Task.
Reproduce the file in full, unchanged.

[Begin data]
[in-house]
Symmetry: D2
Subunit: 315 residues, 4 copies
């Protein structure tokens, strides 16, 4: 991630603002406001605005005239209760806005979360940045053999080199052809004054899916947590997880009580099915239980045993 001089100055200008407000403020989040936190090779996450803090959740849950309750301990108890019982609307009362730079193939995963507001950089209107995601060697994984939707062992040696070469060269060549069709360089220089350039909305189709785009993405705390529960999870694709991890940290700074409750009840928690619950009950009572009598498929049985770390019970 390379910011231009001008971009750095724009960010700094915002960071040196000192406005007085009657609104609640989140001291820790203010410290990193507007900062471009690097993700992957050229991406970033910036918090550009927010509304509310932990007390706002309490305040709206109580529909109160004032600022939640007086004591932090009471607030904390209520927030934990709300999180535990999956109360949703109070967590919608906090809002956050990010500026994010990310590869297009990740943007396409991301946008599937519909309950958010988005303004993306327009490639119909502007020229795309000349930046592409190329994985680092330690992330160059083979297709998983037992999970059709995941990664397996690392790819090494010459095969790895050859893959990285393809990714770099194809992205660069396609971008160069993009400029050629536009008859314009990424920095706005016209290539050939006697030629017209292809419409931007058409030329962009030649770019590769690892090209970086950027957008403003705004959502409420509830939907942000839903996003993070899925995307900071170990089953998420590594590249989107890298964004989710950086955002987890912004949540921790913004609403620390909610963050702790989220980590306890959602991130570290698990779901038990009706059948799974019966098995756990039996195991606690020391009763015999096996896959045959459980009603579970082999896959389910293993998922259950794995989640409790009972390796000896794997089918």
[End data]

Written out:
[in-house]
Symmetry: D2
Subunit: 315 residues, 4 copies
């Protein structure tokens, strides 16, 4: 991630603002406001605005005239209760806005979360940045053999080199052809004054899916947590997880009580099915239980045993 001089100055200008407000403020989040936190090779996450803090959740849950309750301990108890019982609307009362730079193939995963507001950089209107995601060697994984939707062992040696070469060269060549069709360089220089350039909305189709785009993405705390529960999870694709991890940290700074409750009840928690619950009950009572009598498929049985770390019970 390379910011231009001008971009750095724009960010700094915002960071040196000192406005007085009657609104609640989140001291820790203010410290990193507007900062471009690097993700992957050229991406970033910036918090550009927010509304509310932990007390706002309490305040709206109580529909109160004032600022939640007086004591932090009471607030904390209520927030934990709300999180535990999956109360949703109070967590919608906090809002956050990010500026994010990310590869297009990740943007396409991301946008599937519909309950958010988005303004993306327009490639119909502007020229795309000349930046592409190329994985680092330690992330160059083979297709998983037992999970059709995941990664397996690392790819090494010459095969790895050859893959990285393809990714770099194809992205660069396609971008160069993009400029050629536009008859314009990424920095706005016209290539050939006697030629017209292809419409931007058409030329962009030649770019590769690892090209970086950027957008403003705004959502409420509830939907942000839903996003993070899925995307900071170990089953998420590594590249989107890298964004989710950086955002987890912004949540921790913004609403620390909610963050702790989220980590306890959602991130570290698990779901038990009706059948799974019966098995756990039996195991606690020391009763015999096996896959045959459980009603579970082999896959389910293993998922259950794995989640409790009972390796000896794997089918």